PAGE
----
First things first – I know that this is not a post for everyone. I certainly respect peoples choice to not consume formally living beings (or take part in the killing of animals to consume). This is a post on how to process live crab and prepare it for cooking and then consumption and it will include photos we took of the process that we learned while in Nova Scotia.
Do not click to see more unless you are prepared to see how crab is prepared for eating – and by preparing, I do indeed mean killing by any other name. For those I offend, I respect your decision to do otherwise and can only state that it is with full awareness that we make the choice to consume animals and try to make choices we consider honorable and respectful to the world around us.
Part of that respect is a piece of guilt that comes with the harvest – it is not something we take lightly.
I don`t remember eating crab when I visited relatives in Nova Scotia as a child. It seemed to appear from nowhere about 15 years ago, roughly at the same time the Cod started to disappear. Some feel the coming and the goings of Cod and Crab are related (claiming crab eat the eggs of the Cod before they hatch). Others blame the shrimp, overfishing or foreign boats.
Crab fishing began slowly – it was an extremely easy business to enter for some time. Licenses and boats were affordable (I heard rumors that you could be set up for $20,000-$50,000) before skyrocketing (again, based on rumors, I understand the cost of a license – if you could get one – inflated between $200,000-$500,000).
Whatever the price, Atlantic Crab has become a big business in Nova Scotia. The crabs are smaller than the monsters that are now synonymous with Alaska. They are tender, wonderful eating. And, if you are on the coast at the right time, they are very affordable.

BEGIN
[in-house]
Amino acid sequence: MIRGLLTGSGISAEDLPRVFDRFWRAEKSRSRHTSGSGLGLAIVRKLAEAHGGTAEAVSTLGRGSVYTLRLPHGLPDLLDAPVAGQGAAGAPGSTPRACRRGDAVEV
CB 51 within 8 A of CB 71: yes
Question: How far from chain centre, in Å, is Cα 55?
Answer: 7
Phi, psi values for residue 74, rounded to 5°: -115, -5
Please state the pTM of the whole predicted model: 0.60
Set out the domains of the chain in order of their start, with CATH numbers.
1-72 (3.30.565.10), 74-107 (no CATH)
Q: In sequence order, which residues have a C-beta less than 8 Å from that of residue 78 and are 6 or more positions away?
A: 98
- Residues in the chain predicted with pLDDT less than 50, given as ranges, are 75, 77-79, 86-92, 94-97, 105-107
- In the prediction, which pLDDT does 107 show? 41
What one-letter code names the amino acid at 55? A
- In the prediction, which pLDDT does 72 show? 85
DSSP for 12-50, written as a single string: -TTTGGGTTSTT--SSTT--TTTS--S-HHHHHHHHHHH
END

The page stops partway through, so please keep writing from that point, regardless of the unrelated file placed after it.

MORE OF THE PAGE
When you purchase them (live), the best bet is to keep them cold on ice. They are much more sedate than Lobster at this state and there is little chance or getting bitten. I still like to keep my guard up (I dont think they actually would bite if they could but I`ll let others test the waters):
The best place to clean them is on the shore of the ocean. The task can get messy and it`s handy to have abundant salt water to rinse them in. You simply need a knife (a steak knife will do) and a rock or piece of wood that won`t move when you pry the crab open (similar to how a beer can is opened with an opener).
Grab a set of legs in each hand with the face of the crab looking away from you. Place the “nose” of the crab on said rock and pry the top open. This brings an instant end to the life of the crab. It takes very little strength and even less skill.
The next task is to split the legs into two – do this by bringing your hands together.
Toss the pairs of legs in the water to rinse – take care to keep close as seagulls tend to hover at this point, looking for a free bite.
Once the legs are rinsed, clean anything off that isn’t white. This usually amounts to dark grey gills and some odd-looking innards that are easily wiped away with your knife and finger.
Place them back on plenty of ice and cook as soon as possible – simply steam them in salted water. We`ll talk more about that (and how to eat them), later!
To see how to preserve crab meat for up to two years, click here (where you will also find a link on how to transport frozen crab meat for 2 days without refrigeration).